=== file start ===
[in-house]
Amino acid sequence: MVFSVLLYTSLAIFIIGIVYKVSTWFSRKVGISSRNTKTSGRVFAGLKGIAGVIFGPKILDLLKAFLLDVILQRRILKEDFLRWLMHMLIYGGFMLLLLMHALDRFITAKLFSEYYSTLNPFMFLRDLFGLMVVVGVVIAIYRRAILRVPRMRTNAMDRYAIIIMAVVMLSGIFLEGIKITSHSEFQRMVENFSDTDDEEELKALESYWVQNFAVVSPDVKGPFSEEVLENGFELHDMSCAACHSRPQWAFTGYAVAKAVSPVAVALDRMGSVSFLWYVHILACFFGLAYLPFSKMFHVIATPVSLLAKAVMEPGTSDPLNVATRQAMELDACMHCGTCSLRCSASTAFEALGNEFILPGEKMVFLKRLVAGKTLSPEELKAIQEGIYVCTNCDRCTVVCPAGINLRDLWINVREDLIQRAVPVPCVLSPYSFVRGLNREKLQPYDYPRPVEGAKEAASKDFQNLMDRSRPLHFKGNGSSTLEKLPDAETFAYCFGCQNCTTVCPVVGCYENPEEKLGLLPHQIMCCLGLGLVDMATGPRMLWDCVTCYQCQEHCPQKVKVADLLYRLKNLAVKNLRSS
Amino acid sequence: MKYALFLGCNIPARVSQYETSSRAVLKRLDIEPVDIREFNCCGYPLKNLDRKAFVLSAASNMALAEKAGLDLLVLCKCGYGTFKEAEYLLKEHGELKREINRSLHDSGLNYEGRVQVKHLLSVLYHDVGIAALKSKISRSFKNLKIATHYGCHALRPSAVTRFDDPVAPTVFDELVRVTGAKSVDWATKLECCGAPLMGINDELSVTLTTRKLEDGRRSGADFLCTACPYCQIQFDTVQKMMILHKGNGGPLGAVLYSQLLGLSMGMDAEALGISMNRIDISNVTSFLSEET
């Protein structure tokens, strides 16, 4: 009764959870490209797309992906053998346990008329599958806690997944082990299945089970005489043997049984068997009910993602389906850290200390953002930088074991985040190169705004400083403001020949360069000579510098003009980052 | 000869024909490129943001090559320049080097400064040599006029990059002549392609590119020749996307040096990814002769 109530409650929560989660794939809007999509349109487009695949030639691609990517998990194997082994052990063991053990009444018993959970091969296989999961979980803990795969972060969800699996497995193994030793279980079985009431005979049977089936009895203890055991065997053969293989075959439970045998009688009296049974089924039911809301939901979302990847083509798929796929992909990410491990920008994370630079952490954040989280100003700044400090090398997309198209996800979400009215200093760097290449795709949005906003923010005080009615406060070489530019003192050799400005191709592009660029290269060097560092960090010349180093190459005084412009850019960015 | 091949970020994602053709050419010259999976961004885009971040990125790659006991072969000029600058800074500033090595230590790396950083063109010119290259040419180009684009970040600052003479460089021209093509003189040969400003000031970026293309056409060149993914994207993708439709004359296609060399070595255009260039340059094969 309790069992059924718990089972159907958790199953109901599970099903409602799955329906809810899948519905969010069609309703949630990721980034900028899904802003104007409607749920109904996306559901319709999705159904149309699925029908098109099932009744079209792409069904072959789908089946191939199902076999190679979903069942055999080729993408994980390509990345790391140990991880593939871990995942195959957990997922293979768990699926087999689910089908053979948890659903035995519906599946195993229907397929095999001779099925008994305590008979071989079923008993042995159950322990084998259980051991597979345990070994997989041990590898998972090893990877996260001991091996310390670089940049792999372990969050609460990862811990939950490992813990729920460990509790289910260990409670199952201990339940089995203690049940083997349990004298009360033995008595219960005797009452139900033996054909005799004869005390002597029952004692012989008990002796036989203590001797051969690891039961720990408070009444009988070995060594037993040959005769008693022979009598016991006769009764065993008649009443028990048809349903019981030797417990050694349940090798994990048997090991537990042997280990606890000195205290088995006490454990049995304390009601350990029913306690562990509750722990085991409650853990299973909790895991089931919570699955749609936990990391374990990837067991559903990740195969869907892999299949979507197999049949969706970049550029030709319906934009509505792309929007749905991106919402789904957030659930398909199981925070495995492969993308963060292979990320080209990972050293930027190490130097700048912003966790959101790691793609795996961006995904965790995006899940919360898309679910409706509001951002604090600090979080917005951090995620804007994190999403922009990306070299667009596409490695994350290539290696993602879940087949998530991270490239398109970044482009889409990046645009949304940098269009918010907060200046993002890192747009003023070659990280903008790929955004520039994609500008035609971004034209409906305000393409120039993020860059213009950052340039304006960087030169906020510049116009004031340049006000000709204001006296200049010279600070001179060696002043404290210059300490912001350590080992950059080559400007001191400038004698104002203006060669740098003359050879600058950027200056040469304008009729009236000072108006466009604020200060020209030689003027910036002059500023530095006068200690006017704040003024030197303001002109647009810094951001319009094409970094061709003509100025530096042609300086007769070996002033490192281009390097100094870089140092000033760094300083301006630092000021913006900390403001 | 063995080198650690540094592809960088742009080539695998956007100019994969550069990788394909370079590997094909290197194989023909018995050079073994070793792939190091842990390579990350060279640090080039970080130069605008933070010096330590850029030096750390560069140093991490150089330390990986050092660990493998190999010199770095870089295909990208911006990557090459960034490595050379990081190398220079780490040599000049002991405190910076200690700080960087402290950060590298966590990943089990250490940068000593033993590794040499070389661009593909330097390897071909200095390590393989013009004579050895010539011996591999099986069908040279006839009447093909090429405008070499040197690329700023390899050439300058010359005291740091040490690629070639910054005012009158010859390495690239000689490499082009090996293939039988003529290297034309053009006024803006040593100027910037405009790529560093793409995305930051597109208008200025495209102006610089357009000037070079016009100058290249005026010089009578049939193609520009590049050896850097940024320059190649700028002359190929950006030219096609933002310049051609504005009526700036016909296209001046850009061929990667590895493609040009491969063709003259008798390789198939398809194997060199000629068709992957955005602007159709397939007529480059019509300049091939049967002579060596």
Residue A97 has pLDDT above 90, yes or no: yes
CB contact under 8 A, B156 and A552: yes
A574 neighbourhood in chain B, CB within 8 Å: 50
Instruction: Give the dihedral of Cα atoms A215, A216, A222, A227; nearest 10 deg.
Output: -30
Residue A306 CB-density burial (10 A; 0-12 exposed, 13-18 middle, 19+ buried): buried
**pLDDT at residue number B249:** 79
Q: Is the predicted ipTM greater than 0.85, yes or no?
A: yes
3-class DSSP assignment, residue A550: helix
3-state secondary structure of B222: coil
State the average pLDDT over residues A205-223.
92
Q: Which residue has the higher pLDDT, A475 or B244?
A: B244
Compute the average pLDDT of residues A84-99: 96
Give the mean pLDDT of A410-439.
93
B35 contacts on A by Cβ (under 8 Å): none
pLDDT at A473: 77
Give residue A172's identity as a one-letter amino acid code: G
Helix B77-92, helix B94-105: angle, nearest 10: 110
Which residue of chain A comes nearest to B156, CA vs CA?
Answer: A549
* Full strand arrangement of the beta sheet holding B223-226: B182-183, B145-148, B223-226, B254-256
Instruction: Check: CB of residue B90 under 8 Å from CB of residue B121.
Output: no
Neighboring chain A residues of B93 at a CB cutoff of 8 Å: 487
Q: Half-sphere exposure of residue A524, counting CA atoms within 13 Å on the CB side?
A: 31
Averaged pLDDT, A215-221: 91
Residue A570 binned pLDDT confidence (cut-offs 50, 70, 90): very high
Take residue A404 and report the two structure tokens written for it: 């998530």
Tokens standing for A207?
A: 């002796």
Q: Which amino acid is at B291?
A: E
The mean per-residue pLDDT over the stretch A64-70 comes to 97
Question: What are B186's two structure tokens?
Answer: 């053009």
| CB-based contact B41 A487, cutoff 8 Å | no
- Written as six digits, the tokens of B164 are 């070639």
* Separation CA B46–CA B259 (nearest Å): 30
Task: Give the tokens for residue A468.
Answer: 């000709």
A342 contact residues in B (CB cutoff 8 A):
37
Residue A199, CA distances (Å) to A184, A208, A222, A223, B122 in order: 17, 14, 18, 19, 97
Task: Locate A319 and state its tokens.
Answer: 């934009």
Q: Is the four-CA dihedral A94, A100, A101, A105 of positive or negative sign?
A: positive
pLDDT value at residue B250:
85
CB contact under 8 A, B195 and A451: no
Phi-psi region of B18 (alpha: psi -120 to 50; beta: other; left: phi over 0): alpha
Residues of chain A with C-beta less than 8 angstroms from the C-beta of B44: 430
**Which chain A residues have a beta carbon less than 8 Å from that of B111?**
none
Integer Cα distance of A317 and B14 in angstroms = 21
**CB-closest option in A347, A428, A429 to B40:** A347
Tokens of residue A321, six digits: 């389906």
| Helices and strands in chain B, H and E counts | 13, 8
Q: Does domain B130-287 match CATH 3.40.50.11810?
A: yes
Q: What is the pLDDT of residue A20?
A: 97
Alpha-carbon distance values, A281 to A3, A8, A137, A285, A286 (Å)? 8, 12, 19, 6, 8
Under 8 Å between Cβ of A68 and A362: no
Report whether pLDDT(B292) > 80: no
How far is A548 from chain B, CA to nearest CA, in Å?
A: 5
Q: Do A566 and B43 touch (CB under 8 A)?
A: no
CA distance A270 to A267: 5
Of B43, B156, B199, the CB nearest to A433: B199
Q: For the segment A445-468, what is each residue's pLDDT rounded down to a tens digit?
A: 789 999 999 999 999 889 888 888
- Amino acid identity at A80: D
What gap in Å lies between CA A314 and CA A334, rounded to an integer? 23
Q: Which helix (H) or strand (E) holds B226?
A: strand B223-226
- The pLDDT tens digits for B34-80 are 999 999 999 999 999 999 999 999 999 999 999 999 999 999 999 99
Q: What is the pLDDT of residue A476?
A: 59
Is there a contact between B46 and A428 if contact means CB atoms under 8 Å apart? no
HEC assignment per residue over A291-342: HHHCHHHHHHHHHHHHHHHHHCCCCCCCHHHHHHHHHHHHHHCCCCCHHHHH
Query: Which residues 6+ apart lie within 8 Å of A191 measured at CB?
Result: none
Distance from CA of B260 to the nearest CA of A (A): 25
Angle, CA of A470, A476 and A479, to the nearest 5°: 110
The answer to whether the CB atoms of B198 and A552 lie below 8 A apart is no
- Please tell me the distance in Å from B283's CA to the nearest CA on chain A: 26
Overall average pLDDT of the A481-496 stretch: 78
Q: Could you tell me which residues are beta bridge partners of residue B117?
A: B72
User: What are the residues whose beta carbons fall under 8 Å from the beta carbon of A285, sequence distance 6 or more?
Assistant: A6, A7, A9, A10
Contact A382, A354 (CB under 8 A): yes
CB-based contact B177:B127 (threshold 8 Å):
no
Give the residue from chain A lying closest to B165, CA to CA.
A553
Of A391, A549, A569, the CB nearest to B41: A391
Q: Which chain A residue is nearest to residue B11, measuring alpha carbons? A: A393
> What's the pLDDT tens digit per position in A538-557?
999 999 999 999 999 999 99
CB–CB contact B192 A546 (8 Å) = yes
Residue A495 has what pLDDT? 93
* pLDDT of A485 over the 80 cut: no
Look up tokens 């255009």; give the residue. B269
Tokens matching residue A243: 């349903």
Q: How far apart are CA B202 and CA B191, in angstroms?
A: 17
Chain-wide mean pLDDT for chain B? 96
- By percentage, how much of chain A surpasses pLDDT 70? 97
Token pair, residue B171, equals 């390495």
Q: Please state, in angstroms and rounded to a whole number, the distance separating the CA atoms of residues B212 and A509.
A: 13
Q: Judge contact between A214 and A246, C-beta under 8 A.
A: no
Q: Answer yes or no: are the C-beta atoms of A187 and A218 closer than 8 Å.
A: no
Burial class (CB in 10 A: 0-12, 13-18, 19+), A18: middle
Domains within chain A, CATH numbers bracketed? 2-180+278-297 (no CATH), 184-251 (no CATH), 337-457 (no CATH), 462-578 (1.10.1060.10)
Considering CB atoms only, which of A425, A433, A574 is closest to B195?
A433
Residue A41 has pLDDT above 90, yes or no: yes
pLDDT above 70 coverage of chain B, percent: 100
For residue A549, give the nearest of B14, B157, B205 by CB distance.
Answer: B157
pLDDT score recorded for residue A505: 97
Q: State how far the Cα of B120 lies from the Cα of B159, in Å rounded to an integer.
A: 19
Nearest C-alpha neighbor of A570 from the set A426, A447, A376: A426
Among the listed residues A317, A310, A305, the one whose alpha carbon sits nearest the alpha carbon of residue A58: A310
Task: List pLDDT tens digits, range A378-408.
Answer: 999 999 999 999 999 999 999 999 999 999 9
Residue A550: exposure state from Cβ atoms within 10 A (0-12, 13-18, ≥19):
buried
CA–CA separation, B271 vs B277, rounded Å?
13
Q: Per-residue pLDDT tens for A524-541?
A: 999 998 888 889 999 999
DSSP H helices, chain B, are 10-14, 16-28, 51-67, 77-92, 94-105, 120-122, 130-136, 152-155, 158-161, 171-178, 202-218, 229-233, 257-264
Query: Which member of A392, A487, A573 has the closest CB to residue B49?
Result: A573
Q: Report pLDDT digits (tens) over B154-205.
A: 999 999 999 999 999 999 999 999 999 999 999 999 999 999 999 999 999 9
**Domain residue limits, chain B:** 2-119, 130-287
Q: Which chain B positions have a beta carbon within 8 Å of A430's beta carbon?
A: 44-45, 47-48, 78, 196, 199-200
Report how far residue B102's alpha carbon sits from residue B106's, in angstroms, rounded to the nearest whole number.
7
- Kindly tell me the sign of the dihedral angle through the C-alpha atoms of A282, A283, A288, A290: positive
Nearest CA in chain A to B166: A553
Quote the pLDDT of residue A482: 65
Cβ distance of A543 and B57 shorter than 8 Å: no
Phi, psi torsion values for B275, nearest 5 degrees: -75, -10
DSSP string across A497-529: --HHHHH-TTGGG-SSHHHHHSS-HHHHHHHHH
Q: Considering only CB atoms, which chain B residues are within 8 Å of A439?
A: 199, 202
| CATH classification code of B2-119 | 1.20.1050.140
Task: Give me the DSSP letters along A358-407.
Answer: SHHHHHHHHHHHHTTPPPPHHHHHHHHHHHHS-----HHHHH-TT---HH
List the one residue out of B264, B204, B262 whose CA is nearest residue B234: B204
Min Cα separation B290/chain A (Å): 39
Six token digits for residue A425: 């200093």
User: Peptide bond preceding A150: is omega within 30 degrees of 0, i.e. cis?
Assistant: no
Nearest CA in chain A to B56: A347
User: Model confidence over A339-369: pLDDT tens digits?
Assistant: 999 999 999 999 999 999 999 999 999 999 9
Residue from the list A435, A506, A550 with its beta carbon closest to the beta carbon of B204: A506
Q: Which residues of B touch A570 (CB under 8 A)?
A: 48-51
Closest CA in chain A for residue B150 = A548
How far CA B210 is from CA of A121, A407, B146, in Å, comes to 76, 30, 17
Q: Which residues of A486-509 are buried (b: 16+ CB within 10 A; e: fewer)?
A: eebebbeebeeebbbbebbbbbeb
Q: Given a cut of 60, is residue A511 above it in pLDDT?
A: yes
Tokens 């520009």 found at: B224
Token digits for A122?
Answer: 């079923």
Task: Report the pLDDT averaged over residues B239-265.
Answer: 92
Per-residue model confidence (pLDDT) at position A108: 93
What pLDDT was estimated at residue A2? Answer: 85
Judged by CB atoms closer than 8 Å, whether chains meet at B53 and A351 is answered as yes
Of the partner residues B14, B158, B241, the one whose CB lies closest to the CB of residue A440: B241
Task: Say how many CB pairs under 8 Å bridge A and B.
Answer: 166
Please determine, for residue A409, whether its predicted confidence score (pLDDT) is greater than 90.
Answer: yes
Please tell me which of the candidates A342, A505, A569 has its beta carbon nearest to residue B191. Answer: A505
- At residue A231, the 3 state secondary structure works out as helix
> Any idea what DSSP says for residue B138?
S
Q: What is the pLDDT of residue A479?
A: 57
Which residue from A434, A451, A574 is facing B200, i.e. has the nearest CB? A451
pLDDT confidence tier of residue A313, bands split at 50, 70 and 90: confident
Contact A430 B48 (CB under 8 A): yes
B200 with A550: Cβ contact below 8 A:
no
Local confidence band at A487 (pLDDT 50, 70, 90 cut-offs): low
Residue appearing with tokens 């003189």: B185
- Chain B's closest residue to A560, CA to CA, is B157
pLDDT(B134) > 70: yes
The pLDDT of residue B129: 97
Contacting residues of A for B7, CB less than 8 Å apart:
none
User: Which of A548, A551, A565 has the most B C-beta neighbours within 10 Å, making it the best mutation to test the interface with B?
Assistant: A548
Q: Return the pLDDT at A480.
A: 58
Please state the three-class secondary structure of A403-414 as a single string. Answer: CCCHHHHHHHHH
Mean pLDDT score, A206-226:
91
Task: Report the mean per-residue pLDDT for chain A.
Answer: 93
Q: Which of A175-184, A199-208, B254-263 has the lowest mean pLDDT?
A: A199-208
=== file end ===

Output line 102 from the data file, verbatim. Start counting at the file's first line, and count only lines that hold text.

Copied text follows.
Assistant: A6, A7, A9, A10